Prague Concert Life, 1850-1881


Concert given by J. Pisařovic

Aufführungsort: Hotel Archduke Stefan

Programmsorte: Art music culture

Datum: 31/01/1851 5pm

Spielzeit: Carnival

Programme including:

  • PISAŘOVIC, Julius: soloist, cl
MÜLLER, ? : Variations [Variée] on Beethoven's Lied Adelaide, cl, pf
SEEMANN, ? : unspecified salon work, cl, [pf]
     • Pisařovic, Julius : cl
WEBER, Carl Maria von : Grand duo concertant, cl, pf, J204
     • Pisařovic, Julius : cl Mason, William : pf
AMBROS, August Wilhelm : unspecified song, v, pf
     • Botschon-Soukupová, Cecilie : v
MEYERBEER, Giacomo : song Komm! du schönes Fischermädchen, v, pf
     • Botschon-Soukupová, Cecilie : v
DREYSCHOCK, Alexander : Rhapsodie Zum Wintermärchen, pf, op.40
     • Mason, William : pf
CHERUBINI, Luigi : unspecified partsong, 4 male vv
     • Emminger, Josef : v Maýr, Jan Nepomuk : v Kunz, Eduard : v Strakatý, Karel : v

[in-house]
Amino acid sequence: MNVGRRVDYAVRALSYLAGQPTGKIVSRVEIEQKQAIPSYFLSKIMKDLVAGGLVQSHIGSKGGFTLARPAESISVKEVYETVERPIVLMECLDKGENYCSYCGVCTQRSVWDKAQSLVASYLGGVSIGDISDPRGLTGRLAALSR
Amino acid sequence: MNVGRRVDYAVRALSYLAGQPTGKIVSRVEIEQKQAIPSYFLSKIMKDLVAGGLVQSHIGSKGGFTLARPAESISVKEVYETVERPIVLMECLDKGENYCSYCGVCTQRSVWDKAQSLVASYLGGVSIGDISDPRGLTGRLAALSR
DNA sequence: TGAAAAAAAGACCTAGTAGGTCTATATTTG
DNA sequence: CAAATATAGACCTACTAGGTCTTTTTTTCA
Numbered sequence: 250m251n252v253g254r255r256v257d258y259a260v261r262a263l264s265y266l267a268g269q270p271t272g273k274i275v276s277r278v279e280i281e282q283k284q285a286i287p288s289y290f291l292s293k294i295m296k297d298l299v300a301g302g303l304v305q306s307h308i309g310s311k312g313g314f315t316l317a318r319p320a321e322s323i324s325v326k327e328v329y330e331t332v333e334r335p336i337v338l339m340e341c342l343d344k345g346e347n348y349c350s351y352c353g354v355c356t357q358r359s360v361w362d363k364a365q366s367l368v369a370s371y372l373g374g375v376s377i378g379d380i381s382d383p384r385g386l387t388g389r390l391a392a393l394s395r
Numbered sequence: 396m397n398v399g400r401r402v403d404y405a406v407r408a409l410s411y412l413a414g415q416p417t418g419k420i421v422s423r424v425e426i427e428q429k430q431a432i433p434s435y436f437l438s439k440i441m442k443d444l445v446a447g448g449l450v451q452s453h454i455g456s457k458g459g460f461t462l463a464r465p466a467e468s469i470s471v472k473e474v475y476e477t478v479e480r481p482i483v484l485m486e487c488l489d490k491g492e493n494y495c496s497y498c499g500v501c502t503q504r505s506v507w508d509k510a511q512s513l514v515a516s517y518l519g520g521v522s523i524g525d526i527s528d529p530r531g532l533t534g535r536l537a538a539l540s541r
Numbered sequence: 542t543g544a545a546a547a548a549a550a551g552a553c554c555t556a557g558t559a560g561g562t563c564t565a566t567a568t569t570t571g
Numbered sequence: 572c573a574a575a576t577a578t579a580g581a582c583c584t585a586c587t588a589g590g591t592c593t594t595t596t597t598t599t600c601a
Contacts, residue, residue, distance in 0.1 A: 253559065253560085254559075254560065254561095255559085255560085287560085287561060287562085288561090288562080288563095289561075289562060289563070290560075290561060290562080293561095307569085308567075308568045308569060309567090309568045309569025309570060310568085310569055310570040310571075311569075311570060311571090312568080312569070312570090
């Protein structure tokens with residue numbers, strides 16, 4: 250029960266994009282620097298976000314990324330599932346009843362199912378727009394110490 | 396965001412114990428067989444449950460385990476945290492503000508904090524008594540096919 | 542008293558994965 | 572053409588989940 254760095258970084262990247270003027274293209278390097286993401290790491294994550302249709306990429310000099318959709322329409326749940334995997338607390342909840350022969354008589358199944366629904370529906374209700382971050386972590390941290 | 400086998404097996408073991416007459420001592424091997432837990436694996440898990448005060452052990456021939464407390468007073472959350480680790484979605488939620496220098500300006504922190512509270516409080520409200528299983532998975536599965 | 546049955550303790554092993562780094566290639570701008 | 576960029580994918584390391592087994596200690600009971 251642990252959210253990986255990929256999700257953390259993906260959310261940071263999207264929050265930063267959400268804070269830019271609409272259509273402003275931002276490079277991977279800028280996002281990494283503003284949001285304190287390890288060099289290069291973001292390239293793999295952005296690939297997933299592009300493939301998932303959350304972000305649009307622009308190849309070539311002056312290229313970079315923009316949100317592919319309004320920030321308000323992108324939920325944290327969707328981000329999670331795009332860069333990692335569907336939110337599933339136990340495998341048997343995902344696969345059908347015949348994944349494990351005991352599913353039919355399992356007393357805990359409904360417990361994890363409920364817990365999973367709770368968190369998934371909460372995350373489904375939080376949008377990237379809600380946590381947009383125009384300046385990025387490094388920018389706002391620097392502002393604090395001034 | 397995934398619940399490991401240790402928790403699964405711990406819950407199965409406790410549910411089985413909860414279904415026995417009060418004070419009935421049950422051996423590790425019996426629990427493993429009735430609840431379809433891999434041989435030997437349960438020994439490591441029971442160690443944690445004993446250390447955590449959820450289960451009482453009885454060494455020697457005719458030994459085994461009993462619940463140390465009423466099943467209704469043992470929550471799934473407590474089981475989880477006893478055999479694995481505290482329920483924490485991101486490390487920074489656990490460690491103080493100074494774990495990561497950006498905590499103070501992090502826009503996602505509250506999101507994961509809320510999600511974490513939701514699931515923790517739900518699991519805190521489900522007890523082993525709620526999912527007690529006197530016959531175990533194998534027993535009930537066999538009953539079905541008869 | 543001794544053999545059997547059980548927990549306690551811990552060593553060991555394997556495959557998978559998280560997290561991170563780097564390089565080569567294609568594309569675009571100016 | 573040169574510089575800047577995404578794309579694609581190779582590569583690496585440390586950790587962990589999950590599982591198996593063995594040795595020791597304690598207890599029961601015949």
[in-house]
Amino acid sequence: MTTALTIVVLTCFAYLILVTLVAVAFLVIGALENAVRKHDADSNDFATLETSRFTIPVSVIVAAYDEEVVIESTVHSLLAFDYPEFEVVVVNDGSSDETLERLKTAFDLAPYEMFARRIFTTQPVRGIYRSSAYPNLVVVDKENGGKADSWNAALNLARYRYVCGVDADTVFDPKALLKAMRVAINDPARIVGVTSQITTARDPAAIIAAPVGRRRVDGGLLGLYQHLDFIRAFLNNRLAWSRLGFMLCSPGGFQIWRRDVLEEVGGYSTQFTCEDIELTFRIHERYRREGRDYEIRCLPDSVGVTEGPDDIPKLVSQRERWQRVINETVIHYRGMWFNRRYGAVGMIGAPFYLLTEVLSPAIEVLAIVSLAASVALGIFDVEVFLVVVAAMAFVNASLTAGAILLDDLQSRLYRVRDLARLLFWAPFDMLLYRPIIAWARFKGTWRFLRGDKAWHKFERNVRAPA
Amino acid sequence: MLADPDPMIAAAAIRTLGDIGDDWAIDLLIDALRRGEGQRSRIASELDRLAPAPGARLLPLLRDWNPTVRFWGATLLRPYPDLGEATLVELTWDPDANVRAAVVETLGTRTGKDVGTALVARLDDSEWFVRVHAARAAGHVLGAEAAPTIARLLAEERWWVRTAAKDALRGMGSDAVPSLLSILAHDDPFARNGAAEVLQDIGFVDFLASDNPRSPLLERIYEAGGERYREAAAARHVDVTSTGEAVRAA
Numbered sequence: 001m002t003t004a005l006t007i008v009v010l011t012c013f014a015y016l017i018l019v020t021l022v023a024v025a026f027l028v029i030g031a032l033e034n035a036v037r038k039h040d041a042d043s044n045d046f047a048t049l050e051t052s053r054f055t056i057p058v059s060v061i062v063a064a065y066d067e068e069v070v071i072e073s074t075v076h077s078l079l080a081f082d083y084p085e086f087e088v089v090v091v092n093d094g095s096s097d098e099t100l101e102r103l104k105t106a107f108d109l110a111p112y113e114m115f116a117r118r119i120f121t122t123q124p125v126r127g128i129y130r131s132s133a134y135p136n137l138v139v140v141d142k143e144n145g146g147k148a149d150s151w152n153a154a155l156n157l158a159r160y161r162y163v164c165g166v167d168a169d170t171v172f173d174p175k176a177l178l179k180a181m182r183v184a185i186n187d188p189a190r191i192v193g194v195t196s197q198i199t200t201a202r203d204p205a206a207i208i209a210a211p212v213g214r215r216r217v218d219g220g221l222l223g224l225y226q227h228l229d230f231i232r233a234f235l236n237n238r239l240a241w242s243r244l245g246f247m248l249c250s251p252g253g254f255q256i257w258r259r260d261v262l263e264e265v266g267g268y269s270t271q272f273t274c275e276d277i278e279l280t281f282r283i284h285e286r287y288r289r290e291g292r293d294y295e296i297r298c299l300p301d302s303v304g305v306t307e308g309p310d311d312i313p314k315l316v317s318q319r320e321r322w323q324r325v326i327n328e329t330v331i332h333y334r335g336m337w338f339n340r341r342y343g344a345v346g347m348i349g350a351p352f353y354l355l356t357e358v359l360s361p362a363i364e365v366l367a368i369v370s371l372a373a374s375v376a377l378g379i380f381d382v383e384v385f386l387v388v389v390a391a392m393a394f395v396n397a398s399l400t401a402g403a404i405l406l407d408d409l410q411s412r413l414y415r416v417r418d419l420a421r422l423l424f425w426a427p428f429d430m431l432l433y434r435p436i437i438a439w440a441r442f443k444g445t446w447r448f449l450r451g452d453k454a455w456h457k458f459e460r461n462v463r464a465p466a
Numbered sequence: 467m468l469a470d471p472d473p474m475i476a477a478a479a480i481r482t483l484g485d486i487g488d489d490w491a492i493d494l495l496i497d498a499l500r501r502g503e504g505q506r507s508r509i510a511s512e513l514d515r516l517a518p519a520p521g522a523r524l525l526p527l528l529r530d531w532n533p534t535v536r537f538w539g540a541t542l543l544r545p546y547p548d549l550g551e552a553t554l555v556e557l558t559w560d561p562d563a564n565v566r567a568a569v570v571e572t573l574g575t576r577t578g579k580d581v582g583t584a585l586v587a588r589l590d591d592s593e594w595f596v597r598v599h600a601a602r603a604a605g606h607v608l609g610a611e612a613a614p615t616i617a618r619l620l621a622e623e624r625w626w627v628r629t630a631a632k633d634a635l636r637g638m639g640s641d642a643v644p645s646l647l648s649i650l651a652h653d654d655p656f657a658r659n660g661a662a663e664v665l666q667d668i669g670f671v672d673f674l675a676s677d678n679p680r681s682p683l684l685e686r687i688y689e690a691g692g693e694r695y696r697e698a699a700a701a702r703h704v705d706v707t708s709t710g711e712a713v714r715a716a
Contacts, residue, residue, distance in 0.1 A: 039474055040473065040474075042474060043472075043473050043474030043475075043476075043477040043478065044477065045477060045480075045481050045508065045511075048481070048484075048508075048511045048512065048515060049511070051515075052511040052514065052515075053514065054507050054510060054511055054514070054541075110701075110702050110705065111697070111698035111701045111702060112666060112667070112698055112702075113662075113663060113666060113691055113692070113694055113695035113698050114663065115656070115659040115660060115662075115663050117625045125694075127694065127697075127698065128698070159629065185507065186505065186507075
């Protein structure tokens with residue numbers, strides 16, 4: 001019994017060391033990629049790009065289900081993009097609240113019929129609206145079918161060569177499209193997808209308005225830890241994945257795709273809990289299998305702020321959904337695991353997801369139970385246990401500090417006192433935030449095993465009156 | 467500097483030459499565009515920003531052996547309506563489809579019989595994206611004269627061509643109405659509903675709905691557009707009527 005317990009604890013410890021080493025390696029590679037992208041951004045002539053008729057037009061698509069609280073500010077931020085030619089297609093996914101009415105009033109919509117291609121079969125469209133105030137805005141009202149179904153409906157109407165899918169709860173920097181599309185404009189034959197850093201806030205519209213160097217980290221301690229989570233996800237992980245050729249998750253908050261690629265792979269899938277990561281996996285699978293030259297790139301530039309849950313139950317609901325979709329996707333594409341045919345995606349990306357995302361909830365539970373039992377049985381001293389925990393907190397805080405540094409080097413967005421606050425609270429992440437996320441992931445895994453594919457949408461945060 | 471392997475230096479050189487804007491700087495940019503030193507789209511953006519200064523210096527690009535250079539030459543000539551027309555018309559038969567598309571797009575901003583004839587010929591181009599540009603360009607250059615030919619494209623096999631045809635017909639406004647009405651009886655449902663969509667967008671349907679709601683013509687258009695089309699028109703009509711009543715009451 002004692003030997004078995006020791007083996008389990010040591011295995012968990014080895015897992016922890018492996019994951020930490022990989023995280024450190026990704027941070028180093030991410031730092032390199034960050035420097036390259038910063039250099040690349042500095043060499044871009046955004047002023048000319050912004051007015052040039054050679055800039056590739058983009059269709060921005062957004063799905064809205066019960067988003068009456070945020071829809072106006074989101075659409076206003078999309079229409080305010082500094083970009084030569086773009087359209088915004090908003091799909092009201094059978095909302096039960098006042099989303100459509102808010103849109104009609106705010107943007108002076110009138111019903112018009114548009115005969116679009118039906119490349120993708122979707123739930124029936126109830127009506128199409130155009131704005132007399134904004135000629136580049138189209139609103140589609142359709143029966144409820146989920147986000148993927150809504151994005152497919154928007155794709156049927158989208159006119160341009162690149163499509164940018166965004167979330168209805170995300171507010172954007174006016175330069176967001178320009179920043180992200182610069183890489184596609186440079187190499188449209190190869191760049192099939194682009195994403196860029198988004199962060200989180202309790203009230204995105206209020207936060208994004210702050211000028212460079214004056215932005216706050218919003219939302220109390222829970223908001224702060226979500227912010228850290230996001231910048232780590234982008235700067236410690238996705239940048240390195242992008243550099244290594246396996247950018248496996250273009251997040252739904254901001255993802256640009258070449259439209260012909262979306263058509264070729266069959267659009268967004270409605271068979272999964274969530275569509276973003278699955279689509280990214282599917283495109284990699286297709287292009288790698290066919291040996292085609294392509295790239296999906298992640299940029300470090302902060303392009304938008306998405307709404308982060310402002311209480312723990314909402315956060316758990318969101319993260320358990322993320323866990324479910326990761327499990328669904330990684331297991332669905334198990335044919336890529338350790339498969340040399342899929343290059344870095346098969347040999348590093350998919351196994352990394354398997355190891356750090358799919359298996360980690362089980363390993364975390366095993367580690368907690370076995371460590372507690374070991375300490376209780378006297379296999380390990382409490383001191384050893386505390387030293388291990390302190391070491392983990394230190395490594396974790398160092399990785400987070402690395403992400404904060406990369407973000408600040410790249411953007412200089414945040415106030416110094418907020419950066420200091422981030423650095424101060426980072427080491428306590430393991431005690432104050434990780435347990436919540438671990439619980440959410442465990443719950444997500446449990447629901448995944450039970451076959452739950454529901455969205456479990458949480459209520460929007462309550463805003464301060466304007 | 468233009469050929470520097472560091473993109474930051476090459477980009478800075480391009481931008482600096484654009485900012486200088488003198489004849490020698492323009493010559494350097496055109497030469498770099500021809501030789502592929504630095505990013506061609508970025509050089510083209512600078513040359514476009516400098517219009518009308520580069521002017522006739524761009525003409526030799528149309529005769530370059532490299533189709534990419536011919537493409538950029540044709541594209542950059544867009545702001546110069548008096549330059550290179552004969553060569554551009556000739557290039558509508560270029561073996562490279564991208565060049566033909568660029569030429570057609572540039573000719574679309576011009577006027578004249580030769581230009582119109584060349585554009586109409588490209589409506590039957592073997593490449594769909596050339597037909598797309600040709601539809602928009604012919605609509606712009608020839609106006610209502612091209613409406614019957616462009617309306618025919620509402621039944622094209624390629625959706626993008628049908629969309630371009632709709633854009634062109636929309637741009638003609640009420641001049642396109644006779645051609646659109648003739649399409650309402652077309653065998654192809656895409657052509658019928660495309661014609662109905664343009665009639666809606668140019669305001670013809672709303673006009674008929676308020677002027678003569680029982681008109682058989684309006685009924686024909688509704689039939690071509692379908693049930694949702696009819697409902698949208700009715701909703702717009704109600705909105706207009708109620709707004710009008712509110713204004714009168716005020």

KREUTZER, ? probably Conradin : unspecified partsong, 4 male vv
     • Emminger, Josef : v Maýr, Jan Nepomuk : v Kunz, Eduard : v Strakatý, Karel : v


Advance news of the intention of Pisařowic [Pisařovic] to arrange a public concert at the latter part of the Carnival season appeared in Bohemia 12/1/1851. He was described as being one of the leading performers of this ‘beautiful but awkward instrument [the clarinet]’; the concert could therefore be expected to be ‘magnificent’ [glänzend]. Subsequent detailed information about the event was published by Bohemia 28/1/1851. This reported the date and venue of the concert, and that the concert-giver would perform in addition to interesting works for clarinet also Beethoven’s song Adelaide. Other solo participants were listed, including the pupil of Alexander Dreyschock, Mr Mason ‘from Boston’. Prager Zeitung 30/1/1851 briefly noted that ‘Our meritorious Pisařowitz, surely one of the most excellent living clarinettists, arranges a concert on Friday at 5pm in the Hall of Archduke Stephan’. The report recommended the concert to all friends of music.

The Tagesanzeiger texts of Bohemia 30/1/1851 and 31/1/1851 reported the date and venue of this event.